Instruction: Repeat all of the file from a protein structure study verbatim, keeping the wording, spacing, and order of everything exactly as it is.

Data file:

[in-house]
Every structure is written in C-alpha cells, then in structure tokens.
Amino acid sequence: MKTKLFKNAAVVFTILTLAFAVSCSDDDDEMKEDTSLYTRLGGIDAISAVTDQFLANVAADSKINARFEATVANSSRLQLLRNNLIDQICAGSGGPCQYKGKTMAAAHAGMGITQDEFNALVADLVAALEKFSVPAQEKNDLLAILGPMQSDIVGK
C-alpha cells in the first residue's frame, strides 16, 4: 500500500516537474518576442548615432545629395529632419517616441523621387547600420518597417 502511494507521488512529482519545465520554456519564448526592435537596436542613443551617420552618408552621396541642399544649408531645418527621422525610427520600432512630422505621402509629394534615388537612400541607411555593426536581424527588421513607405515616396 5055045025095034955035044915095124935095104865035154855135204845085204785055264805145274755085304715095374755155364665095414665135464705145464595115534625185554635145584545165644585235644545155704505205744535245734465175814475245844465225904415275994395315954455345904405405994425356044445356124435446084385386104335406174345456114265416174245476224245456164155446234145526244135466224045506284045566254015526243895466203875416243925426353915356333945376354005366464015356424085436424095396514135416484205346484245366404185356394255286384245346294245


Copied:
[in-house]
Every structure is written in C-alpha cells, then in structure tokens.
Amino acid sequence: MKTKLFKNAAVVFTILTLAFAVSCSDDDDEMKEDTSLYTRLGGIDAISAVTDQFLANVAADSKINARFEATVANSSRLQLLRNNLIDQICAGSGGPCQYKGKTMAAAHAGMGITQDEFNALVADLVAALEKFSVPAQEKNDLLAILGPMQSDIVGK
C-alpha cells in the first residue's frame, strides 16, 4: 500500500516537474518576442548615432545629395529632419517616441523621387547600420518597417 502511494507521488512529482519545465520554456519564448526592435537596436542613443551617420552618408552621396541642399544649408531645418527621422525610427520600432512630422505621402509629394534615388537612400541607411555593426536581424527588421513607405515616396 5055045025095034955035044915095124935095104865035154855135204845085204785055264805145274755085304715095374755155364665095414665135464705145464595115534625185554635145584545165644585235644545155704505205744535245734465175814475245844465225904415275994395315954455345904405405994425356044445356124435446084385386104335406174345456114265416174245476224245456164155446234145526244135466224045506284045566254015526243895466203875416243925426353915356333945376354005366464015356424085436424095396514135416484205346484245366404185356394255286384245346294245